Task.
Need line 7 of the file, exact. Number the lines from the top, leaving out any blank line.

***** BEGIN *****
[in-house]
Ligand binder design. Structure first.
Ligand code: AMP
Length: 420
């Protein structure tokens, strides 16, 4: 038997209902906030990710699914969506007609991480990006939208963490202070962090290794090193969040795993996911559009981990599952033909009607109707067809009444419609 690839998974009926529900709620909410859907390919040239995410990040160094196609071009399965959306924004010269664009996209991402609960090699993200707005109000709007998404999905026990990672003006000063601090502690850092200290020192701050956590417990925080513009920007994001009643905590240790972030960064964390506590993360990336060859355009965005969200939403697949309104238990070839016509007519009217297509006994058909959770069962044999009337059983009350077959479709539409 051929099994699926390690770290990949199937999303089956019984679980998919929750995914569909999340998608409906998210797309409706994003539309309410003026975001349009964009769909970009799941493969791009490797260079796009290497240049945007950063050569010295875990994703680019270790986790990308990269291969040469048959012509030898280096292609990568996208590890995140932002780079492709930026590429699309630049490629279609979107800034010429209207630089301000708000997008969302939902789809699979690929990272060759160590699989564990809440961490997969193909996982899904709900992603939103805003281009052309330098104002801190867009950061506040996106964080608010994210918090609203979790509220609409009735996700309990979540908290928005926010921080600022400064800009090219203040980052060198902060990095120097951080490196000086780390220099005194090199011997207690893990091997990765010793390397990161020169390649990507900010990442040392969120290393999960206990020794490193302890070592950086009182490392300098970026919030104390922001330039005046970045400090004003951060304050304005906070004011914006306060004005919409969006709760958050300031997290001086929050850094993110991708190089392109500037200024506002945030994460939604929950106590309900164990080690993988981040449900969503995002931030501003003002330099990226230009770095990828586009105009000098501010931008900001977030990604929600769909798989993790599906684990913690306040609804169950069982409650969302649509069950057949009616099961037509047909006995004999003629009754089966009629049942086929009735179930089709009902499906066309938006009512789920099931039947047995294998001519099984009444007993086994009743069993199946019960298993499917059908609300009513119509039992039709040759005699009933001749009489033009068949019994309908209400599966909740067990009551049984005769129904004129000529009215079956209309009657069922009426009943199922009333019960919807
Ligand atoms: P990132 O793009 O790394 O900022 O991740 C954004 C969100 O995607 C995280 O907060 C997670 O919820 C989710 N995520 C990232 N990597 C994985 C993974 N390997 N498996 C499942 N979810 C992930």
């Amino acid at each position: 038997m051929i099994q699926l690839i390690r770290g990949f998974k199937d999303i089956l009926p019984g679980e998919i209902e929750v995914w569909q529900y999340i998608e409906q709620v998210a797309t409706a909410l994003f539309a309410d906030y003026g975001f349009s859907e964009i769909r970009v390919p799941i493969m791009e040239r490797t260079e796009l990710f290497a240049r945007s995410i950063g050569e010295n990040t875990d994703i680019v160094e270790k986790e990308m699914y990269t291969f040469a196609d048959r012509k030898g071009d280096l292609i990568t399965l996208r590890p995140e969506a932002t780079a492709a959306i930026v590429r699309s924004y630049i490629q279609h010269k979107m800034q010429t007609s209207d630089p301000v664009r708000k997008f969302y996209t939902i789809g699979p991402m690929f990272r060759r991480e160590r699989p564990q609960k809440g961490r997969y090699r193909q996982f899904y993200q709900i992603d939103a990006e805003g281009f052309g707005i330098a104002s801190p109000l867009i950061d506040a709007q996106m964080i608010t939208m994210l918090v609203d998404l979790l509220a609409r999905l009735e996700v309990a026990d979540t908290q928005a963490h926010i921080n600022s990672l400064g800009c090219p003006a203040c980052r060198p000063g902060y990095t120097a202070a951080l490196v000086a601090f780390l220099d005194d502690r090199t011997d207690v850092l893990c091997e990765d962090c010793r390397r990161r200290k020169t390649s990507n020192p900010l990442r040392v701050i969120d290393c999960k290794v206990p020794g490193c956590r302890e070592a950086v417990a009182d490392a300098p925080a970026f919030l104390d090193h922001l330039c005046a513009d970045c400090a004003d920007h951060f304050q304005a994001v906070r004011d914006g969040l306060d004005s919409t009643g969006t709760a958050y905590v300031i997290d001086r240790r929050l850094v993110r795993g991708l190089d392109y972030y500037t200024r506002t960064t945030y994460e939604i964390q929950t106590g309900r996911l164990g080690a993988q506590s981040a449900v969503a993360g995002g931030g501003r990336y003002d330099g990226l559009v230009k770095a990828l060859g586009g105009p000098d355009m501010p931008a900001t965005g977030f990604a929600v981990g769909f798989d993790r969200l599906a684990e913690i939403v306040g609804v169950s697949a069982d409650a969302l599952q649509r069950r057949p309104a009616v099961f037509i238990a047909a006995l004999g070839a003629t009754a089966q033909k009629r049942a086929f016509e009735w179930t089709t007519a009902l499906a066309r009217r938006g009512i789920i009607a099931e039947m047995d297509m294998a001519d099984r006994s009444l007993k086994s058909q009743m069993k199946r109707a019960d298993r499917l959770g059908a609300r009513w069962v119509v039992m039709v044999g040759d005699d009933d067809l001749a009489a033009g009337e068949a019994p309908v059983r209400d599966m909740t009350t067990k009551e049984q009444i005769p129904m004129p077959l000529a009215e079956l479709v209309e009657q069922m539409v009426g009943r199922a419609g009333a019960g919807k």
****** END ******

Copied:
């Amino acid at each position: 038997m051929i099994q699926l690839i390690r770290g990949f998974k199937d999303i089956l009926p019984g679980e998919i209902e929750v995914w569909q529900y999340i998608e409906q709620v998210a797309t409706a909410l994003f539309a309410d906030y003026g975001f349009s859907e964009i769909r970009v390919p799941i493969m791009e040239r490797t260079e796009l990710f290497a240049r945007s995410i950063g050569e010295n990040t875990d994703i680019v160094e270790k986790e990308m699914y990269t291969f040469a196609d048959r012509k030898g071009d280096l292609i990568t399965l996208r590890p995140e969506a932002t780079a492709a959306i930026v590429r699309s924004y630049i490629q279609h010269k979107m800034q010429t007609s209207d630089p301000v664009r708000k997008f969302y996209t939902i789809g699979p991402m690929f990272r060759r991480e160590r699989p564990q609960k809440g961490r997969y090699r193909q996982f899904y993200q709900i992603d939103a990006e805003g281009f052309g707005i330098a104002s801190p109000l867009i950061d506040a709007q996106m964080i608010t939208m994210l918090v609203d998404l979790l509220a609409r999905l009735e996700v309990a026990d979540t908290q928005a963490h926010i921080n600022s990672l400064g800009c090219p003006a203040c980052r060198p000063g902060y990095t120097a202070a951080l490196v000086a601090f780390l220099d005194d502690r090199t011997d207690v850092l893990c091997e990765d962090c010793r390397r990161r200290k020169t390649s990507n020192p900010l990442r040392v701050i969120d290393c999960k290794v206990p020794g490193c956590r302890e070592a950086v417990a009182d490392a300098p925080a970026f919030l104390d090193h922001l330039c005046a513009d970045c400090a004003d920007h951060f304050q304005a994001v906070r004011d914006g969040l306060d004005s919409t009643g969006t709760a958050y905590v300031i997290d001086r240790r929050l850094v993110r795993g991708l190089d392109y972030y500037t200024r506002t960064t945030y994460e939604i964390q929950t106590g309900r996911l164990g080690a993988q506590s981040a449900v969503a993360g995002g931030g501003r990336y003002d330099g990226l559009v230009k770095a990828l060859g586009g105009p000098d355009m501010p931008a900001t965005g977030f990604a929600v981990g769909f798989d993790r969200l599906a684990e913690i939403v306040g609804v169950s697949a069982d409650a969302l599952q649509r069950r057949p309104a009616v099961f037509i238990a047909a006995l004999g070839a003629t009754a089966q033909k009629r049942a086929f016509e009735w179930t089709t007519a009902l499906a066309r009217r938006g009512i789920i009607a099931e039947m047995d297509m294998a001519d099984r006994s009444l007993k086994s058909q009743m069993k199946r109707a019960d298993r499917l959770g059908a609300r009513w069962v119509v039992m039709v044999g040759d005699d009933d067809l001749a009489a033009g009337e068949a019994p309908v059983r209400d599966m909740t009350t067990k009551e049984q009444i005769p129904m004129p077959l000529a009215e079956l479709v209309e009657q069922m539409v009426g009943r199922a419609g009333a019960g919807k």